**Figure 8.**Performance of the machine-learning classification methods with different numbers of features. Each model was trained on the Fürstenzell dataset and tested on the Regensburg dataset. The red point represents the performance of the Bu_15 method with four parameters.

Cloud Type (Genera) | Abbreviation | Expected Rain Type |
---|---|---|

Cirrus | CI | - |

Cirrocumulus | CC | - |

Cirrostratus | CS | - |

Altocumulus | AC | - |

Altostratus | AS | - |

Nimbostratus | NS | Stratiform |

Stratocumulus | SC | - |

Stratus | ST | Stratiform |

Cumulus | CU | Convective |

Cumulonimbus | CB | Convective |

Abbreviation | Unit | Parameter Name and Relevant Reference ^{1} | |
---|---|---|---|

R | mm·h^{−1} | rain intensity [8] | |

Z | dBZ | reflectivity [8] | |

Dm | mm | mass weighted diameter [55] | |

D0 | mm | median volume diameter [56] | |

sd_D | mm | instantaneous (1 min) standard deviation of drop size [2] | |

sd_V | m·h^{−1} | instantaneous standard deviation of drop velocities [2] | |

Nt | drop·m^{−3} | total number of drops per cubic meter [57] | |

Nw_Tes | mm^{−1}·m^{−3} | normalized number of drops [58] | |

Nw_Br | mm^{−1}·m^{−3} | normalized number of drops [28] | |

logNw | Nw: mm^{−1}·m^{−3} | logNw = log_{10}(NW_Br) | |

D0_Nt | mm.m^{3}·drop^{−1} | D0/Nt [59] | |

Lambda_TS | mm^{−1} | slope of fitted gamma distribution [25] | |

logLambda | Lambda: mm^{−1} | logLambda = log_{10}(Lambda_TS) [25] | |

mu_TS | - | shape of fitted gamma distribution [25] | |

N0_TS | mm^{−1−m}·m^{−3} | intercept of fitted gamma distribution [25] | |

logN0 | N0_TS: mm^{−1−m}·m^{−3} | logN0 = log_{10}(N0_TS) [25] | |

Lambda_Ca06 | mm^{−1} | slope of fitted gamma distribution [26] | |

mu_Ca06 | - | shape of fitted gamma distribution [26] | |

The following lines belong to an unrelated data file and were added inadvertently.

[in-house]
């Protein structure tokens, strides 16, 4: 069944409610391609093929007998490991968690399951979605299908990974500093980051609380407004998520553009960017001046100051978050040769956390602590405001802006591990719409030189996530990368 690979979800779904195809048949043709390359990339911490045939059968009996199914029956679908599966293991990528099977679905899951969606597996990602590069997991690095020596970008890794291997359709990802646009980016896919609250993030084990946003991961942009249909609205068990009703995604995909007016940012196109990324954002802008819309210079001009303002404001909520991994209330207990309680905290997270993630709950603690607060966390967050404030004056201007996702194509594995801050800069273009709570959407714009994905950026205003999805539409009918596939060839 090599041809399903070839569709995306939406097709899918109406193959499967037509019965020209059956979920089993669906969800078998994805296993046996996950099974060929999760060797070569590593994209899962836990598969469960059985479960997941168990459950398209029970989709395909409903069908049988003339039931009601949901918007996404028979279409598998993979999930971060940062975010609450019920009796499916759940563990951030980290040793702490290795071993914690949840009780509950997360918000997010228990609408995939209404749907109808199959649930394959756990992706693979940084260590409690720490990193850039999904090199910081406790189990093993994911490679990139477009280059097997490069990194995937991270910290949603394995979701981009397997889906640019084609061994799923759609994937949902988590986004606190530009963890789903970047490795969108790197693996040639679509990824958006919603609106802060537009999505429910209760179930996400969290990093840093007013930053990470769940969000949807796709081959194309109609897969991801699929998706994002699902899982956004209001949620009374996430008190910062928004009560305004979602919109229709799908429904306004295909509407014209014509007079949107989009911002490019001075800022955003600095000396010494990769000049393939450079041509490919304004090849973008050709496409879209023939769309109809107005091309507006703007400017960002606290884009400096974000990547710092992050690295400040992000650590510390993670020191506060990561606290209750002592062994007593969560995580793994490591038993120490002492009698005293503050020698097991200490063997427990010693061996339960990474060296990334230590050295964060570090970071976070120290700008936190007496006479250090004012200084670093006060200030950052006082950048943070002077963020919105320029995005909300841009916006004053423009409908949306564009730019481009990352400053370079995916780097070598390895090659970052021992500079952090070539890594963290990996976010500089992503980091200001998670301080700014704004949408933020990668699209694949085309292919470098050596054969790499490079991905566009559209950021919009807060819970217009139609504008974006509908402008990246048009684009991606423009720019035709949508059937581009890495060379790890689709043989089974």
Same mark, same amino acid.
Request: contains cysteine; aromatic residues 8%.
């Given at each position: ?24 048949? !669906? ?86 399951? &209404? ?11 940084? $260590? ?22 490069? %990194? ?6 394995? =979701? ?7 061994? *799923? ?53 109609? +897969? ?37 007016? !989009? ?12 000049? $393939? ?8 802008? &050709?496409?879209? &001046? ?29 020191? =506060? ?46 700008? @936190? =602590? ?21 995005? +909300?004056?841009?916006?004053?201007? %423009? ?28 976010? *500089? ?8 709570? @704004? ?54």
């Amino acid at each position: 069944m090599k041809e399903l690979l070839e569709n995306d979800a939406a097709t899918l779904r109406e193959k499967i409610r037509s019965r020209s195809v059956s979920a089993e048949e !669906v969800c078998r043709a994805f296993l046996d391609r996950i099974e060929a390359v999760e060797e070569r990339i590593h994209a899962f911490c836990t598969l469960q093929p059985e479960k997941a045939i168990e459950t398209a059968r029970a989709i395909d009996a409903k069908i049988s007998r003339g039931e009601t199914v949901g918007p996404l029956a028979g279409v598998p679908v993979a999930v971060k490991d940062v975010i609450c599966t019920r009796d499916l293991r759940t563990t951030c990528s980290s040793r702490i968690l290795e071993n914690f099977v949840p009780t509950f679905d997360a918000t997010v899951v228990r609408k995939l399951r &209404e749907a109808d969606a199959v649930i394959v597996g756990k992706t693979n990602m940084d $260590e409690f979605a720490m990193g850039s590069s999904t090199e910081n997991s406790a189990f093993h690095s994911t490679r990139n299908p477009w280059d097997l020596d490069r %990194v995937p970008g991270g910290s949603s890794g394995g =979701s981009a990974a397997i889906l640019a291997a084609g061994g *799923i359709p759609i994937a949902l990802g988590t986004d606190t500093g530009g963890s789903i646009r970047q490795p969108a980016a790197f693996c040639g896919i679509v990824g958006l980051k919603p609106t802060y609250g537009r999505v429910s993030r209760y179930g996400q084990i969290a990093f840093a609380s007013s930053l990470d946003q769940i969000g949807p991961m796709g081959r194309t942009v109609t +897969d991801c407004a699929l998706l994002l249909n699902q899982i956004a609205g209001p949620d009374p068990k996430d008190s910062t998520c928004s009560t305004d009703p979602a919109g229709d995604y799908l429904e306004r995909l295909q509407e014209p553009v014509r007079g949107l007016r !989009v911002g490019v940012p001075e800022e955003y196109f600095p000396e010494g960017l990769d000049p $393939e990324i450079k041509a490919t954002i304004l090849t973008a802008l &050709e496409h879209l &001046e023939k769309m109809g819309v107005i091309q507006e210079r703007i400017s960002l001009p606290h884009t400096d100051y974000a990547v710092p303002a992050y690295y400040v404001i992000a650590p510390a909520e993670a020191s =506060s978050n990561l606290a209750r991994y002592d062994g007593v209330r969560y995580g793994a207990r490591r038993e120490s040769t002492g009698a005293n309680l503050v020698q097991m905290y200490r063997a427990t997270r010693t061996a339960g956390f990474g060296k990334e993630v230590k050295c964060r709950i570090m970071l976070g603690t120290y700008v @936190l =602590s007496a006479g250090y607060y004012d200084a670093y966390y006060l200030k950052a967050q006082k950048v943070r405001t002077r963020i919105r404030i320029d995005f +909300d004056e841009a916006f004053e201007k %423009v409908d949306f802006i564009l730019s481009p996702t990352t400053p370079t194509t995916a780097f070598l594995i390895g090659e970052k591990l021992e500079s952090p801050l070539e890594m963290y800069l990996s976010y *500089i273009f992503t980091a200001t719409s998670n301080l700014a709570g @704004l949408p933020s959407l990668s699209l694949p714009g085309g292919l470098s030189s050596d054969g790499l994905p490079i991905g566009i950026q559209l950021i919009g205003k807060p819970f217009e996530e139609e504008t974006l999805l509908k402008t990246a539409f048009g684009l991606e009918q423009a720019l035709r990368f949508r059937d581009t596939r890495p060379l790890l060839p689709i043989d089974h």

N0_Ca06 | mm^{−1−m}·m^{−3} | intercept of fitted gamma distribution [26] | |

Lambda_Ca08 | mm^{−1} | slope of fitted gamma distribution [27] | |

N0_Ca08 | mm^{−1−m}·m^{−3} | intercept of fitted gamma distribution [27] | |

Nt_4R | (Drop·m^{−3})^{0.25} | 4th root of Nt [11] | |

sd_R_10 | mm·h^{−1} | sd_XX_YY: standard deviations of XX over YY minutes [11] | |

sd_Dm_10 | mm | ||

sd_D0_10 | mm | ||

sd_Nt_10 | drop | ||

sd_R_30 | mm·h^{−1} | ||

sd_Dm_30 | mm | ||

sd_D0_30 | mm | ||

sd_Nt_30 | drop | ||

sd_log_{10}(Nt)_30 | - | ||

sd_log_{10}(R)_30 | - | ||

sd_log_{10}(Nt)_10 | - | ||

sd_log_{10}(R)_10 | - |

^{1}The parameter was used in (or motivated by) the associated reference.

Method | Reference | Parameters: y ~ x | Decision Boundary |
---|---|---|---|

TS_a | [25] | N0_TS ~ R | $\mathrm{N}0\_\mathrm{TS}=4\times {10}^{9}\times {\mathrm{R}}^{-4.3}$ convective region above the decision boundary |

TS_b | [25] | Lambda_TS ~ R | $\mathrm{Lambda}\_\mathrm{TS}=17\times {\mathrm{R}}^{-0.37}$ convective region above the decision boundary |

Ca_06 | [26] | Lambda_Ca06 ~ mu_Ca06 | $\left(1.635\times \mathrm{Lambda}\_\mathrm{Ca}06-\mathrm{mu}\_\mathrm{Ca}06\right)=1$ convective region below the decision boundary |

Ca_08 | [27] | Lambda_Ca08 ~ N0_Ca08 | $\mathrm{Lambda}\_\mathrm{Ca}08+4.17=1.92\mathrm{log}\left(\mathrm{N}0\_\mathrm{Ca}08\right)$ convective region below the decision boundary |

Br_09 | [28] | Nw_Br ~ D0 | ${\mathrm{log}}_{10}\left(\mathrm{Nw}\_\mathrm{Br}\right)=-1.6{\mathrm{D}}_{0}+6.3$ convective region above the decision boundary |

You_16 | [30] | Nw_Br ~ D0 | >${\mathrm{log}}_{10}\left(\mathrm{Nw}\_\mathrm{Br}\right)=-9.6{\mathrm{D}}_{0}+5.3$ convective region above the decision boundary |

Bu_15 | [11] | Z, Nt_4R, sd_log10(Nt)_30, sd_log10(R)_30 | - |

Prediction of Rain Type | Observed Rain Type * | |
---|---|---|

Convective | Stratiform | |

Convective | True Positive (TP) | False Positive (FP) |

Stratiform | False Negative (FN) | True Negative (TN) |

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**MDPI and ACS Style**

Ghada, W.; Estrella, N.; Menzel, A.
Machine Learning Approach to Classify Rain Type Based on Thies Disdrometers and Cloud Observations. *Atmosphere* **2019**, *10*, 251.
https://doi.org/10.3390/atmos10050251

**AMA Style**

Ghada W, Estrella N, Menzel A.
Machine Learning Approach to Classify Rain Type Based on Thies Disdrometers and Cloud Observations. *Atmosphere*. 2019; 10(5):251.
https://doi.org/10.3390/atmos10050251

**Chicago/Turabian Style**

Ghada, Wael, Nicole Estrella, and Annette Menzel.
2019. "Machine Learning Approach to Classify Rain Type Based on Thies Disdrometers and Cloud Observations" *Atmosphere* 10, no. 5: 251.
https://doi.org/10.3390/atmos10050251